COLDWELL BANKER STUDY RANKS ORLANDO AS TOP COMMERCIAL REAL ESTATE MARKET
MADISON, N.J. — Orlando ranks as the top commercial real estate market nationally based on the percent change in vacancy and rental rates for the office, retail and multifamily sectors from the third quarter of 2012 through the third quarter of 2013, as well as population and unemployment changes during the same time period. That’s the conclusion of the newly released Coldwell Banker Commercial Market Comparison Report, which examined more than 80 markets.
Orlando was the only market to rank among the top 10 in the percent change of vacancy and rental rates in each of the sectors measured in the report, according to the Madison, N.J.-based real estate brokerage firm. What’s more, Orlando was also the only market to rank among the top 10 in both population and employment growth.
“Orlando is still the top tourist destination in the world, hosting a record 56 million visitors and generating $50 billion in economic impact in 2013,” says Paul Hoffman, vice president of commercial sales with Coldwell Banker Commercial NRT in Orlando.
“With expansions like Disney’s Avatar, Magic Kingdom, Downtown Disney and The Wizarding World of Harry Potter at Universal, along with the opening of the Dr. Phillips Center for the Performing Arts and an 18,000-seat stadium for Orlando’s new Major League Soccer franchise, visitors are expected to exceed 63 million and bring an additional $1.3 billion to the local economy in 2014,” adds Hoffman.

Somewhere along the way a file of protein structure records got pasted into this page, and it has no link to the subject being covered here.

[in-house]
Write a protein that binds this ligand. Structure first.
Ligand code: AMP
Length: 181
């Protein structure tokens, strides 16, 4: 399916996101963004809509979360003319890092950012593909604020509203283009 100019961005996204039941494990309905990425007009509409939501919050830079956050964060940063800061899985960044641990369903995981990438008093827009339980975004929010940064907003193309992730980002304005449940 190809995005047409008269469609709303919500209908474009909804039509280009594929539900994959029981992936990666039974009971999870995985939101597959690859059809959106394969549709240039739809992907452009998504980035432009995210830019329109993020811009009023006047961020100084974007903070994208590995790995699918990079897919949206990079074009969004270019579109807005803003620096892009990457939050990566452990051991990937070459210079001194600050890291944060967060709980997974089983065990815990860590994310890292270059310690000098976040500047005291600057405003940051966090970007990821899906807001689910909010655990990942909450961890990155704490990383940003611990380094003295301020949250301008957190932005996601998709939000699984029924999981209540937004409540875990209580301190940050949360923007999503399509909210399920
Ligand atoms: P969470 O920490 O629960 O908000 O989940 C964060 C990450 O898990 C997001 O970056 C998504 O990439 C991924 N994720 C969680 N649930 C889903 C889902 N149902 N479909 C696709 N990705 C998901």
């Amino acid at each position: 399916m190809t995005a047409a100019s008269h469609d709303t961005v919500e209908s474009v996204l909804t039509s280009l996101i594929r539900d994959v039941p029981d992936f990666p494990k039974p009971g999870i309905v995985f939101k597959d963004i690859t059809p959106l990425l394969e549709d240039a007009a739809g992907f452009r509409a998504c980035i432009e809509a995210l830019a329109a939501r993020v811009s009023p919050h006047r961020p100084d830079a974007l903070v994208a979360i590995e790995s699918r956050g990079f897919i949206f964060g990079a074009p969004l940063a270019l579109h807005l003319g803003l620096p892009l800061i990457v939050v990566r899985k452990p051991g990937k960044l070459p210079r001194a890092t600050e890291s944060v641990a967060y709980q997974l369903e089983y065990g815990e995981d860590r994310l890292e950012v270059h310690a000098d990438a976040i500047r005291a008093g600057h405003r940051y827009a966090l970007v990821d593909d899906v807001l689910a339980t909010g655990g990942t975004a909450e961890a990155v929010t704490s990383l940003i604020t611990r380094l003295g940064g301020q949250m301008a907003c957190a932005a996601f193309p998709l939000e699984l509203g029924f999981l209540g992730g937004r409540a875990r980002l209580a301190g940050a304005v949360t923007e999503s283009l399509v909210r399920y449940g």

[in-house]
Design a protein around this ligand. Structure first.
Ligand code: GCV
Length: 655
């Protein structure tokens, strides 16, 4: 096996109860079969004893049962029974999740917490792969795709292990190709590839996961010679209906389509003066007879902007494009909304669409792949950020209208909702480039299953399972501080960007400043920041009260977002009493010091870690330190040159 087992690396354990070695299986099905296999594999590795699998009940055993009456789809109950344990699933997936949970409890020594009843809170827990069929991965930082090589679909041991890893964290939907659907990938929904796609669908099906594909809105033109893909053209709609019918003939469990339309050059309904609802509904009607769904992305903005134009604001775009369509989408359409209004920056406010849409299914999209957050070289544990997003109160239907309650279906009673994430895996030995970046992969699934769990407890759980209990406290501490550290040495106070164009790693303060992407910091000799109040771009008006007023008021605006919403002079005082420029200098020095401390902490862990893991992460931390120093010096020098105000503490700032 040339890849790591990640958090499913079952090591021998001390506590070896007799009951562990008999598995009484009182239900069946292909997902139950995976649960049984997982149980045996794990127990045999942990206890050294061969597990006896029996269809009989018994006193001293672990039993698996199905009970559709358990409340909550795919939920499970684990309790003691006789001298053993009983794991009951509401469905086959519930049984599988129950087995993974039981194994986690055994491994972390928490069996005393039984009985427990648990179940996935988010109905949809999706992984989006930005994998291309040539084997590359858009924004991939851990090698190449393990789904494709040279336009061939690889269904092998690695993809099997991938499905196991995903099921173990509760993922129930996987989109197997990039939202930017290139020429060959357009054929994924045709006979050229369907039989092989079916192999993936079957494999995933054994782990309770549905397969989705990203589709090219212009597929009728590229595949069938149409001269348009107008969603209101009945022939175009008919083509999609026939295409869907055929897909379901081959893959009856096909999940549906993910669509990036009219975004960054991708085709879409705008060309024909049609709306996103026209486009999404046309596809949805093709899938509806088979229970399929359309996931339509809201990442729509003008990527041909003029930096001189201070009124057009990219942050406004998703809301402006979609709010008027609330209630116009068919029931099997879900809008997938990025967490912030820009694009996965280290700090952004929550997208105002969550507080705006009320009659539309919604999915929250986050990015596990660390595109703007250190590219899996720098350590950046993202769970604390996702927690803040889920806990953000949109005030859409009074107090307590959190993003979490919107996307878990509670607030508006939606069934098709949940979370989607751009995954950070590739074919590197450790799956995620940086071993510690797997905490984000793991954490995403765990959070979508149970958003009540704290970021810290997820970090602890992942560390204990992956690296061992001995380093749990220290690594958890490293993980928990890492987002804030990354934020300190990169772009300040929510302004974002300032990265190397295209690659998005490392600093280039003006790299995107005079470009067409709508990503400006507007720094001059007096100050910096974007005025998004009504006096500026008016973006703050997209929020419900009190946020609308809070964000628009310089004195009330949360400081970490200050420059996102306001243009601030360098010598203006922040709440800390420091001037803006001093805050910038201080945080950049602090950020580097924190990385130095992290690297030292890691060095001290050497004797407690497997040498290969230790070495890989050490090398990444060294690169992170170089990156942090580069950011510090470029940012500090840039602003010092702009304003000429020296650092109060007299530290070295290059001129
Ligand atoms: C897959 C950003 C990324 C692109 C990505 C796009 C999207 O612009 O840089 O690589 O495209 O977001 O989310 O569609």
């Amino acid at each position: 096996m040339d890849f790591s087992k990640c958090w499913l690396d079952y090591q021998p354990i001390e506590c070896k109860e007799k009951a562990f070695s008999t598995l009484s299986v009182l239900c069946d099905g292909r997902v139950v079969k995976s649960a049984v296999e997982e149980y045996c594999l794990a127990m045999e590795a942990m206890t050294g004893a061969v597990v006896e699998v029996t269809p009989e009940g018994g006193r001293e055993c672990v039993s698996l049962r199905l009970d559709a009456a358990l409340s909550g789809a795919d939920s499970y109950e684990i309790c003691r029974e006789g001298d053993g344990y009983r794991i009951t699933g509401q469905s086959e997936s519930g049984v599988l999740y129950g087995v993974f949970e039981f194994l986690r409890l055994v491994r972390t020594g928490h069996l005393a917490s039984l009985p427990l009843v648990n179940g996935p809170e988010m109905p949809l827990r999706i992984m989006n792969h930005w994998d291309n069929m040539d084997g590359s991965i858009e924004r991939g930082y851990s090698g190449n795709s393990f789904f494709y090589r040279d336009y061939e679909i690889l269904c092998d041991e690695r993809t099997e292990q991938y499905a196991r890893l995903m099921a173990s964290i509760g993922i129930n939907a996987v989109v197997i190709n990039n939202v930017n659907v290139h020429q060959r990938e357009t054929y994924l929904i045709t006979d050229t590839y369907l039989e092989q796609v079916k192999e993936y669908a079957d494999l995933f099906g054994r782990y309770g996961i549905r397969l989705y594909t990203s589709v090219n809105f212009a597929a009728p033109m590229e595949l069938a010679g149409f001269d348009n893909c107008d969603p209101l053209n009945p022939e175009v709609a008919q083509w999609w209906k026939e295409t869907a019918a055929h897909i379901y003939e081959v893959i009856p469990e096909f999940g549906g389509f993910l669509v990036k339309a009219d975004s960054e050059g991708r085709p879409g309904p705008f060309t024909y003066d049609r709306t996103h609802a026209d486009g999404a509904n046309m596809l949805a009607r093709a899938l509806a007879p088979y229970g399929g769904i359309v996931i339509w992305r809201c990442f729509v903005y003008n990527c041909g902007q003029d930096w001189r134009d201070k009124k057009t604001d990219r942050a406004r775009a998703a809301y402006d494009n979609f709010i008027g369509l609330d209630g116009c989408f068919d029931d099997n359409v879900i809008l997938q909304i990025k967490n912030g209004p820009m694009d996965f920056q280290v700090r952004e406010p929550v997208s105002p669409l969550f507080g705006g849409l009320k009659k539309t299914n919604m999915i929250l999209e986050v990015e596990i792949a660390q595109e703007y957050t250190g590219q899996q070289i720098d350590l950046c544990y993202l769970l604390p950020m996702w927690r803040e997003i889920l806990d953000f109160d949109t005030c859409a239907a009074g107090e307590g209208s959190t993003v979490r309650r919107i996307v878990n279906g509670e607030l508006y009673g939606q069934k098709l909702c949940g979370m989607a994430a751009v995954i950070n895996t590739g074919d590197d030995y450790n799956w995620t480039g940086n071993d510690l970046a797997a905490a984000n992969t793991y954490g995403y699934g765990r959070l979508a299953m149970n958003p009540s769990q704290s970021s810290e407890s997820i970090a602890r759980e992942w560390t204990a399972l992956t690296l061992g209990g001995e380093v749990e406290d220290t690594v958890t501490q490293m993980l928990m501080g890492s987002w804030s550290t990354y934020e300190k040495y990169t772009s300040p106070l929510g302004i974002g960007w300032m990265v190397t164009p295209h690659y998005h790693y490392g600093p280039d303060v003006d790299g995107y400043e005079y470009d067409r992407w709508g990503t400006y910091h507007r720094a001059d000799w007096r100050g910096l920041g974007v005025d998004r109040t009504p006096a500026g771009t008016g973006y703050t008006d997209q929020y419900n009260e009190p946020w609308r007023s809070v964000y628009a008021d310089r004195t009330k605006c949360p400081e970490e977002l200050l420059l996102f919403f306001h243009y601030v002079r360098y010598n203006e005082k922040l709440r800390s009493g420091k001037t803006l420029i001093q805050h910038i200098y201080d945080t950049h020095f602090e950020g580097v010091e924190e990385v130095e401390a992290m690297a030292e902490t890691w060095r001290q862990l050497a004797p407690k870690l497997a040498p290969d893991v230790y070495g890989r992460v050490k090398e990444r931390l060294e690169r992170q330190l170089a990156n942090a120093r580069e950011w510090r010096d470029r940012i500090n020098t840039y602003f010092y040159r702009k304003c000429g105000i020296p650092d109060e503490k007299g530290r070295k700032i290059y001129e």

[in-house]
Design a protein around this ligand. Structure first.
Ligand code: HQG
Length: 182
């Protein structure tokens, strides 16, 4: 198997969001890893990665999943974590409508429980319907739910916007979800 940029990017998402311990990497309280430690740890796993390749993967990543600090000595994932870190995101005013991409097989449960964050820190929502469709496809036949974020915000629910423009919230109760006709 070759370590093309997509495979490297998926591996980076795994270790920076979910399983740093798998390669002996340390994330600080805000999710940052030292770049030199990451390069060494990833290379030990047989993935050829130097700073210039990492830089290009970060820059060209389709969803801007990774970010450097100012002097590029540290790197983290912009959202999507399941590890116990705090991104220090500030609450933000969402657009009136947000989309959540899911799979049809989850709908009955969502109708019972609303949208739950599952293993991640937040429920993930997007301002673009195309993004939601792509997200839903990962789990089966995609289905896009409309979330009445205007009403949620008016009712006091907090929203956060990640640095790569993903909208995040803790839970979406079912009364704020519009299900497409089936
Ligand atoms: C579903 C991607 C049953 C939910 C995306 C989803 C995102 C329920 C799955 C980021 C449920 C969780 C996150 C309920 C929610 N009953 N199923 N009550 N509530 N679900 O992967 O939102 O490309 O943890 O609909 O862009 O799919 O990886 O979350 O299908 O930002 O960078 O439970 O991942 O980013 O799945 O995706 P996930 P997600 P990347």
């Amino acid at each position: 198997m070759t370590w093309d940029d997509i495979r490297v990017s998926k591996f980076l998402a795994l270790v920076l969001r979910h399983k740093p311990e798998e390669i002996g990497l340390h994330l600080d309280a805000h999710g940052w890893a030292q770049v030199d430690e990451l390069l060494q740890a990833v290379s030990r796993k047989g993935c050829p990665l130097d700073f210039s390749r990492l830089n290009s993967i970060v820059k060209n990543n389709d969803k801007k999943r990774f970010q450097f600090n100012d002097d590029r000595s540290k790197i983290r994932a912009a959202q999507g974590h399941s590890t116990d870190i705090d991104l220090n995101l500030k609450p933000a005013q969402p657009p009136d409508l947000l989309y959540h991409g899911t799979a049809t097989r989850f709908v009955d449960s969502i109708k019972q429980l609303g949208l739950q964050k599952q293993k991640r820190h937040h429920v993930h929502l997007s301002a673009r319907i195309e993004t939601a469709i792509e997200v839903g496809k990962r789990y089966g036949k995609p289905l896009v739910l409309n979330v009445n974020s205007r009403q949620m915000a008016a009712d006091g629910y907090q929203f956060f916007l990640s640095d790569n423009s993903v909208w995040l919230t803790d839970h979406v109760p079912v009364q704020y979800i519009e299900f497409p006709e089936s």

Fred Schmidt, president and chief operating officer of Coldwell Banker Commercial Affiliates, emphasizes that the commercial real estate industry nationally is well-positioned across all sectors at the start of 2014.
“Supply continues to gradually decrease while demand gradually increases, putting the overall market in a favorable position,” says Schmidt. “We look forward to seeing how these trends will continue to influence the market in the new year.”
A full breakdown of the 82 commercial real estate markets by sector is available in the full report. To access the full report, click here.
— Matt Valley